Last month, Nature published a comment by Edward Lanphier and colleagues, which foreshadows the publication of a study in which scientists have used new genome editing tools to modify the DNA of human embryos. Author David Cyranoski weighed in, suggesting that scientists were divided on where the ethical boundaries for such a technology existed. Science magazine soon followed suit and published an entire collection on the technology, including a lovely Insight article, by first author David Baltimore, Nobel laureate and world leading expert in recombinant DNA research.
Clearly, the debate is raging on how far to push this relatively new technology and international societies of researchers have a duty to help guide decision-makers regarding the potential impacts in their fields. This post is about the immediate and considered response of the International Society for Stem Cell Research (ISSCR) on the possibility of germline editing in clinical applications.
But first, the science. For those curious about the technology itself, using a technique dubbed “CRISPR”, researchers can now selectively remove and modify pieces of the genome in a highly efficient manner.
An excellent editorial was published in Nature Biotechnology, earlier this month, explaining CRISPR-Cas genome editing and the concomitant technological strides being made in the fields of genetics and disease modeling. Essentially, bacteria have a system to recognize foreign genetic material and cut up the foreign DNA in a highly selective manner, and the major breakthrough is the adaptation of this system to selectively target areas of the genome.
While the system holds much promise for future therapies and for making research of gene function easier, there are still many unknowns. These include poor characterization of the genome-wide effects of using CRIPSR-Cas and unknown off-target effects of the system that relies on DNA similarity. Taken to the extreme, such off-target effects could result in a cell acquiring new mutations as a result of CRISPR that gives cells a proliferation advantage and develops into cancer. Applied to the germ line (e.g., the egg and sperm) where changes could be inherited, the potential consequences are far-reaching.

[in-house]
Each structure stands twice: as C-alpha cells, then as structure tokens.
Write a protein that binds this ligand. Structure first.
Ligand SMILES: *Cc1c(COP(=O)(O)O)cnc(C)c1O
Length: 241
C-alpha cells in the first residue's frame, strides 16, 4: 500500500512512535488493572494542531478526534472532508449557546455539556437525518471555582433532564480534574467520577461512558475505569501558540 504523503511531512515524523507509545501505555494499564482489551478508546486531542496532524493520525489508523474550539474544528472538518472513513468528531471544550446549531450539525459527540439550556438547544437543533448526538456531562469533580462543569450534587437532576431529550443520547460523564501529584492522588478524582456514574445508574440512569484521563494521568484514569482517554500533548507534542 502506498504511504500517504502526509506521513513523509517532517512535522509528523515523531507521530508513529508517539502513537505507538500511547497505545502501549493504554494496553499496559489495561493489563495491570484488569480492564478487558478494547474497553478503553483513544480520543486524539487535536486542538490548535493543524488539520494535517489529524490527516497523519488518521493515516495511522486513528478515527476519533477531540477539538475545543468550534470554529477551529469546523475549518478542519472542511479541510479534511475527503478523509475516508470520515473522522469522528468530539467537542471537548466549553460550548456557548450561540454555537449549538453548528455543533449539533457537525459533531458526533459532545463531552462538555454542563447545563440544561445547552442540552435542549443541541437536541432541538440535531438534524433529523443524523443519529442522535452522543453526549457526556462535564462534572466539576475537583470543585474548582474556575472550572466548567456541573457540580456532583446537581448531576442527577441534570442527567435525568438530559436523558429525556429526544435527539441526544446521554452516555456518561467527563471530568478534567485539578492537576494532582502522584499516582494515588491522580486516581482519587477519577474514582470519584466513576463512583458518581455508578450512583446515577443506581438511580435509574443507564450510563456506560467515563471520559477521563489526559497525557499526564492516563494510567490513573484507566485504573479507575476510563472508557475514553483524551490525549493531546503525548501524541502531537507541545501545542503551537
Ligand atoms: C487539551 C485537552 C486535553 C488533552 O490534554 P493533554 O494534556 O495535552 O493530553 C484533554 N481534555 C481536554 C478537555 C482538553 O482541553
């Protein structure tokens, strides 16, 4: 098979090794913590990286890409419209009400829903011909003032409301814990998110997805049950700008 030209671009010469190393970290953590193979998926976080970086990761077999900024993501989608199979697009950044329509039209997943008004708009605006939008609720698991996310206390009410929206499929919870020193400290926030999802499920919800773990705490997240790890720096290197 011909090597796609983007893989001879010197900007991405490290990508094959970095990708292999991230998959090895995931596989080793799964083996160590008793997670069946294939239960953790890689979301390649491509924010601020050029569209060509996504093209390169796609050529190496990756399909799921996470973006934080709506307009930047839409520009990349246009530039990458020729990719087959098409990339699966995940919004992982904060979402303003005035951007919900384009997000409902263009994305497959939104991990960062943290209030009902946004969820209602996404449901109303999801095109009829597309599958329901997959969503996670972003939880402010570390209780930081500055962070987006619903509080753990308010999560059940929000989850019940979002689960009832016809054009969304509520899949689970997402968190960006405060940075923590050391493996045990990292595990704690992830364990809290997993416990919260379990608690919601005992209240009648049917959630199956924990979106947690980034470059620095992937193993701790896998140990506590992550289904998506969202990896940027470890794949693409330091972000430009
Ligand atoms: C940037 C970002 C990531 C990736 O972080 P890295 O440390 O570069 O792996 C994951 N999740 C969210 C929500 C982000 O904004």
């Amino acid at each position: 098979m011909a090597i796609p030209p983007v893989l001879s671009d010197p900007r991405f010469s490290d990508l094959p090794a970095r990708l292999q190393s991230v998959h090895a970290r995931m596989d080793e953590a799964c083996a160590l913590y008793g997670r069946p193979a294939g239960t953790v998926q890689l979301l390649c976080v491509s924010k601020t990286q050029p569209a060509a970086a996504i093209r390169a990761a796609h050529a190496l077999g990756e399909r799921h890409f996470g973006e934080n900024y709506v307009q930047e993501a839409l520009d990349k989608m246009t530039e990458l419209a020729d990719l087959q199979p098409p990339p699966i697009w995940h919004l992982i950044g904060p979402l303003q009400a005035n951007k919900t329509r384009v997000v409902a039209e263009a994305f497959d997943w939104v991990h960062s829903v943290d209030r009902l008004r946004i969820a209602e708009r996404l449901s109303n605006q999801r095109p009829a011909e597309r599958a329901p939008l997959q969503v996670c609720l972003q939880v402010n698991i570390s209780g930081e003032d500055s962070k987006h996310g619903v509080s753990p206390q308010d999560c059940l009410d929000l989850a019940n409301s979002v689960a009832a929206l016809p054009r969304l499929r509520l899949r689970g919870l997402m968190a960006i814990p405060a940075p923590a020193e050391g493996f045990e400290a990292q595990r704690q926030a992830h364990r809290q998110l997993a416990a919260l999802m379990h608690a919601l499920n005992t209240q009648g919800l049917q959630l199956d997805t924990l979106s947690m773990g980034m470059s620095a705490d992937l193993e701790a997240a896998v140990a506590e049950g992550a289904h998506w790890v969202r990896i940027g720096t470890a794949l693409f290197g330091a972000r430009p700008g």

Enter the ISSCR, which in my opinion has been an exemplary organization for engaging with the public as a scientific society, especially in the highly controversial fields of stem cell biology and regenerative medicine.
The ISSCR’s previous track record on similar issues is very strong: their Closer Look at Stem Cells helps patients navigate the very tricky world of stem cell therapies, and ISSCR has also published guidelines on the ethical use of embryonic stem cells and clinical trials involving stem cells.
Granted, many areas of science are not nearly as contentious as stem cell biology and the ISSCR’s public outreach was borne from need rather than altruism as a consequence of the stem cell research bans in the United States. Still, the ISSCR’s model and role in public debate is admirable, and it continues to guide discussion in government and scientific settings.
Just a week after the Nature editorial on genome editing, the ISSCR came to the fore issuing a statement to its members and the international community. It is a clear recommendation to keep genome editing tools that impact the germ line far away from the clinic for the time being, and possibly forever, should the ethical and societal implications be deemed too risky.
“The International Society for Stem Cell Research calls for a moratorium on attempts at clinical application of nuclear genome editing of the human germ line.”
Almost more important, the ISSCR leadership recognizes the limitations of science and scientists, asserting that: “Scientists currently lack an adequate understanding of the safety and potential long term risks of germline genome modification” and calls for broad public and international dialogue from all sectors of society.
As a stem cell researcher, I find this sort of leadership inspiring. It is focused on the real world implications of research, rather than pursuing a technology at all costs. Scientists can be sheltered from such debates in their respective areas of research and the consequences of such myopia can be far reaching. The ISSCR helps the public and its membership understand and deal with such issues and should be commended. I would love to see more scientific societies behave similarly. I would also love to know what our readers think. Please leave your comment below.
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